10471_000_035If you want a friend, you must show that you care (Children’s Songbook, 262).
“Come on, Sarah!” Kim called as she ran up the stairs. “I want to show you the new books I got for my birthday!”
“I can’t wait!” Sarah said, following close behind.
The girls sat on the bed in Kim’s room and pulled out the books. “You’ll love this one,” Kim said, passing Sarah a book with a dragon and a beautiful princess on the cover.
The girls read stories together until Kim’s mom said it was homework time. The girls agreed that the fun always seemed to end too soon.
The next day at school, Sarah and Kim sat down in the cafeteria for lunch. They were talking about Kim’s new books when three boys from the next grade walked by. One of them said something about Sarah’s glasses and laughed. Everyone around them laughed too. Sarah’s cheeks flushed pink. She looked over and saw Kim laughing too.
“Why are you laughing?” Sarah whispered, looking at Kim in surprise.
“Oh, they’re just teasing,” Kim said. “Don’t worry about it.”
On the way home from school, Sarah and Kim walked together as usual. But Sarah kept her head down.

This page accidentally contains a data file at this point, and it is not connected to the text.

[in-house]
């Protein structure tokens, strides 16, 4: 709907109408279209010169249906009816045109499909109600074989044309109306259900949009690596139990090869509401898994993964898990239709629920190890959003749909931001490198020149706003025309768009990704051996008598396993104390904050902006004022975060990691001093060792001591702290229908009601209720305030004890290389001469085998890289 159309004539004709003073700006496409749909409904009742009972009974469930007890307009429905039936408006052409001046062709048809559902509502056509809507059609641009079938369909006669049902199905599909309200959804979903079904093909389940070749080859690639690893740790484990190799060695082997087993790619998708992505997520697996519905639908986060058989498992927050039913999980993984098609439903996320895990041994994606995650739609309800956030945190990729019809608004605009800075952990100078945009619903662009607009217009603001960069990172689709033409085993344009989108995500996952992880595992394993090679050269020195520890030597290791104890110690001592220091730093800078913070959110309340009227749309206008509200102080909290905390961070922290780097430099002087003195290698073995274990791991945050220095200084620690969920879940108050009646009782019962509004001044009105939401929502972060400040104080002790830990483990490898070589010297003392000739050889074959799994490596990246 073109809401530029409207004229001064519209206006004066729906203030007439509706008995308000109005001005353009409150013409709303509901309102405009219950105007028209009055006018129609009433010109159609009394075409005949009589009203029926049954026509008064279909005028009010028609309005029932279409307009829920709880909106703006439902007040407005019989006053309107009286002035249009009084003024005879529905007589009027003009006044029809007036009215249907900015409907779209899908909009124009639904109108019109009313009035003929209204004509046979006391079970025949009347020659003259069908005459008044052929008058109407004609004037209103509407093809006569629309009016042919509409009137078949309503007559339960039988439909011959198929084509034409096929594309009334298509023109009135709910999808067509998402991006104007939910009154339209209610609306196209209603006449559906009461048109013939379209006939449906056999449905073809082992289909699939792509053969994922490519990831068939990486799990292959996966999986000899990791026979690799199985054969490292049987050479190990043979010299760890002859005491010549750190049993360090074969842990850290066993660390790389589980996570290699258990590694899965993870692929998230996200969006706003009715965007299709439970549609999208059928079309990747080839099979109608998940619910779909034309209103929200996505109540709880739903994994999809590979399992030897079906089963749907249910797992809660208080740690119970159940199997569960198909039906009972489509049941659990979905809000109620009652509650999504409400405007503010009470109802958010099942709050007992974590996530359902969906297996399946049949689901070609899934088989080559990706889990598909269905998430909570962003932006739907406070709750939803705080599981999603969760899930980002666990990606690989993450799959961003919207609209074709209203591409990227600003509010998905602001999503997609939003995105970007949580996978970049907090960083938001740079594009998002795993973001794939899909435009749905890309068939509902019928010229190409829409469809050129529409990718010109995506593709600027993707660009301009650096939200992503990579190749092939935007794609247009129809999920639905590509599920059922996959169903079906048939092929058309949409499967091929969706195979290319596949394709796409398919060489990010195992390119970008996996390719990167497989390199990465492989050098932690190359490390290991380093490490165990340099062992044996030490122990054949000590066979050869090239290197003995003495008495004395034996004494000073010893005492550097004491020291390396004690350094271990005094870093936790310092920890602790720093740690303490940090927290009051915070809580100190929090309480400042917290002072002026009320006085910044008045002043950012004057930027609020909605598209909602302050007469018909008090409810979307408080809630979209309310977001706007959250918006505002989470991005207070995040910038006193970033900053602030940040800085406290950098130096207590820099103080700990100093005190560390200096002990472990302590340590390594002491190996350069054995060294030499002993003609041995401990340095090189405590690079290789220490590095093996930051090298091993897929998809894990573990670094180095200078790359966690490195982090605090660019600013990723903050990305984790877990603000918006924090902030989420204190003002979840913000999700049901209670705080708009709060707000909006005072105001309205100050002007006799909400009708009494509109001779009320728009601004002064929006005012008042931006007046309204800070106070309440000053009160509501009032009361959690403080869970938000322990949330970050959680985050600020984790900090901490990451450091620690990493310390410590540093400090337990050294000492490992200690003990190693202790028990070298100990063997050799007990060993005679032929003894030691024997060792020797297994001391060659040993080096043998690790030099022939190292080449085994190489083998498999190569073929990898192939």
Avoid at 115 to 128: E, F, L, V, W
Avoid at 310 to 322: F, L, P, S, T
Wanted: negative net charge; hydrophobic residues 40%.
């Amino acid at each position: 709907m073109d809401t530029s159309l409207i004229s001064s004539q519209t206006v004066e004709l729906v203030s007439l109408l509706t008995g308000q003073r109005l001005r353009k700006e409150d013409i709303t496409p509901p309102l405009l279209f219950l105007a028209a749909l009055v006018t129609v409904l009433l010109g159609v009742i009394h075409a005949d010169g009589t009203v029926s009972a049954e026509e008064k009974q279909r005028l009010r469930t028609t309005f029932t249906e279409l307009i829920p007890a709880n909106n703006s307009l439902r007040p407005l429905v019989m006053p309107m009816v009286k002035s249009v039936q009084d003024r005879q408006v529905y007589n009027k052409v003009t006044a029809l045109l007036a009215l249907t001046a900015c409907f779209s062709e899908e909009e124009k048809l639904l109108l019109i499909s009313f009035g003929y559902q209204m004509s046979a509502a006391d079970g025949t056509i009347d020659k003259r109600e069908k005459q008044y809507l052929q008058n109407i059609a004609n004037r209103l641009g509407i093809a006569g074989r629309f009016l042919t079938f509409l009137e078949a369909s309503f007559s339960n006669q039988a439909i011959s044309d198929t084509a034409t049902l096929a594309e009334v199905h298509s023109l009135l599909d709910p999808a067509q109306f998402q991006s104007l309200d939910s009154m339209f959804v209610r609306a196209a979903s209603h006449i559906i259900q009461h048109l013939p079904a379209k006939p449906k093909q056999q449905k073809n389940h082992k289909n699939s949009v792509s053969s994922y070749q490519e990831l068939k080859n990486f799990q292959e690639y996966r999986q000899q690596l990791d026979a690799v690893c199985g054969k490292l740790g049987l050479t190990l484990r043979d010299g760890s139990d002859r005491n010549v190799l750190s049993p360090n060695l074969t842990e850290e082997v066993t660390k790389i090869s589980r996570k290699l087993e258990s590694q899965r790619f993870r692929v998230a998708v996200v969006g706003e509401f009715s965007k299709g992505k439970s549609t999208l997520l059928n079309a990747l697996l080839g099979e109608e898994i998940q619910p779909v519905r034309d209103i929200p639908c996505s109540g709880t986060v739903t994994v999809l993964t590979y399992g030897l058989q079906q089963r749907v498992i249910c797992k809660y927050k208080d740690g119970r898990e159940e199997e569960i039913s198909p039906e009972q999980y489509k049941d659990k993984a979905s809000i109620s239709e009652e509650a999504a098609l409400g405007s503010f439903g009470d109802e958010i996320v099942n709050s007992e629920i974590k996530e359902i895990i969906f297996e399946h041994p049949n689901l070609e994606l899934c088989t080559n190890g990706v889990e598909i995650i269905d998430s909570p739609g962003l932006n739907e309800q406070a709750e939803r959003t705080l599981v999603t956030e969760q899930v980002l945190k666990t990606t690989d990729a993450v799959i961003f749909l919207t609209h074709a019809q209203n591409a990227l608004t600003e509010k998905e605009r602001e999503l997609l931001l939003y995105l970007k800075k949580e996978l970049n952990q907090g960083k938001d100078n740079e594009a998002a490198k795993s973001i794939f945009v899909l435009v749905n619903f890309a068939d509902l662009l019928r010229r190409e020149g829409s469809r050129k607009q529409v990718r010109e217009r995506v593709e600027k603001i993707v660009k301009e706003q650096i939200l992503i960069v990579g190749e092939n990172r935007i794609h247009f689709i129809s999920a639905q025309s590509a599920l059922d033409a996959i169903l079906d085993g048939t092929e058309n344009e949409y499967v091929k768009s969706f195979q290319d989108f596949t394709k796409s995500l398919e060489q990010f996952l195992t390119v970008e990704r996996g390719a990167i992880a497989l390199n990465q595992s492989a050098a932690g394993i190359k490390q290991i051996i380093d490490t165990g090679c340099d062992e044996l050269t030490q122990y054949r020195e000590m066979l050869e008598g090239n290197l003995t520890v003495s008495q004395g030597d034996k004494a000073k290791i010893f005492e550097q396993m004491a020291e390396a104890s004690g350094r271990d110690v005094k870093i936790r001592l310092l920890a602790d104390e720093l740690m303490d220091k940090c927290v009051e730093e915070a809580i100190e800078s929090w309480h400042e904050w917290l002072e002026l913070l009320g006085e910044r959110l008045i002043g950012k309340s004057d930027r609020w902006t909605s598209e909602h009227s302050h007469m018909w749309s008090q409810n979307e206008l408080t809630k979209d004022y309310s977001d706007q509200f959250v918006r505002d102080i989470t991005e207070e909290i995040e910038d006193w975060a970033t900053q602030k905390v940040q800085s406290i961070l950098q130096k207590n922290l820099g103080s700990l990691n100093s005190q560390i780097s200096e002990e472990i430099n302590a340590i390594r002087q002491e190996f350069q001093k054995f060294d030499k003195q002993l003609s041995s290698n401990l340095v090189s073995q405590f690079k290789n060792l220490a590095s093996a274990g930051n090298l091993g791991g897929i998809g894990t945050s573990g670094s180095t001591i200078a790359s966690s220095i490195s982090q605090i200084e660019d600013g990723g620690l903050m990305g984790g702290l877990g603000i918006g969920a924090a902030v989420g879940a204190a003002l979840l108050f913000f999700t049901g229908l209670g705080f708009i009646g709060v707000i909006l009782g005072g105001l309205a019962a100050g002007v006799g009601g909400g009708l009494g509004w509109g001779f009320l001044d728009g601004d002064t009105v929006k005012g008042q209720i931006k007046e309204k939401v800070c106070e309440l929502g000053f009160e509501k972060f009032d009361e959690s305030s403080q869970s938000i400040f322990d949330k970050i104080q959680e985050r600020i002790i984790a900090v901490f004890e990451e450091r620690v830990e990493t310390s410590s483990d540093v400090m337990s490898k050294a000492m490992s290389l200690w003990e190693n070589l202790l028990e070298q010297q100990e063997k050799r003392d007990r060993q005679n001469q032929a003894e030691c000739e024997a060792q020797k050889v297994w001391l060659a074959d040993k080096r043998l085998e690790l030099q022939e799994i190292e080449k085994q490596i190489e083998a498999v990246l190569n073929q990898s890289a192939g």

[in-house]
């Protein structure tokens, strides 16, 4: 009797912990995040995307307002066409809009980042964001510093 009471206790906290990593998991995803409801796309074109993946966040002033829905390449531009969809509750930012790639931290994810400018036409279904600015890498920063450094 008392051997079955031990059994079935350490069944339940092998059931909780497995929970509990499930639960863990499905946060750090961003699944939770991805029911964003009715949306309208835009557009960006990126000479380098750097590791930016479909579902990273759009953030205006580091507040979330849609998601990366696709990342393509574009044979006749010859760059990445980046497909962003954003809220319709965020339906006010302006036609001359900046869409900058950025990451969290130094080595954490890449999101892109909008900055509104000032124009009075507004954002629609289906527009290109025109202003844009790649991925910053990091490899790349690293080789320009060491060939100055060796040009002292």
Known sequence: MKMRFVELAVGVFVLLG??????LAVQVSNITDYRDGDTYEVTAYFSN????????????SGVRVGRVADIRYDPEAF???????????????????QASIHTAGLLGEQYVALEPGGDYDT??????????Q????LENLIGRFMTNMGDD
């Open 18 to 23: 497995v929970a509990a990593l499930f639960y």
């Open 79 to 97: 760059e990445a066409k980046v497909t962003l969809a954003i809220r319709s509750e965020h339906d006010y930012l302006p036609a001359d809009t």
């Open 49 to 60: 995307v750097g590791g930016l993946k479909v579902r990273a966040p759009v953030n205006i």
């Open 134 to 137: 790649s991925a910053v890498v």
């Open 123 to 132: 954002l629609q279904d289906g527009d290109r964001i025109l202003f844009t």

“What’s the matter?” Kim asked.
“Well,” Sarah said, hesitating, “I don’t understand why, when it’s just us, you’re such a good friend. But at school, when that boy said those mean things, you laughed.”
“I didn’t really think it was funny,” Kim said. “I just laughed because everyone else was laughing.”
The girls finished their walk home in silence. Kim didn’t understand why Sarah was so upset.
Later that night, Kim thought of Sarah. She tried to imagine the kids at school laughing at her the way they had laughed at Sarah. Maybe they would laugh at her hair one day, or maybe they would laugh at the shirt she was wearing. Having Sarah laugh with them wouldn’t feel so good.
The next morning, Kim waited outside for Sarah. When Sarah came out of her house, Kim waved. “Hey, Sarah!” she said. “I’m sorry I laughed yesterday. I should have been a better friend. I won’t do that again, I promise.”
Sarah smiled. “Thanks,” she said.
At lunch, the girls were sitting together again when the boy who had teased Sarah walked over. He said the same thing and laughed again. This time, instead of laughing, Kim looked at him and said, “I think Sarah looks great in her glasses. I might even get a pair myself.”
The boy looked around. No one else was laughing with him this time, so he walked away.
Sarah smiled at Kim. “Thanks for doing that,” she said. “You really are a true friend.”
One day a girl in my class started teasing my friend. I was scared to tell the girl to stop teasing, so I prayed that she would stop. The next day I told my friend that I would ask the girl to stop teasing her. My friend said that the girl had stopped and now wanted to be friends with us. I’m glad I can help my friends.
Carly H., age 7, Colorado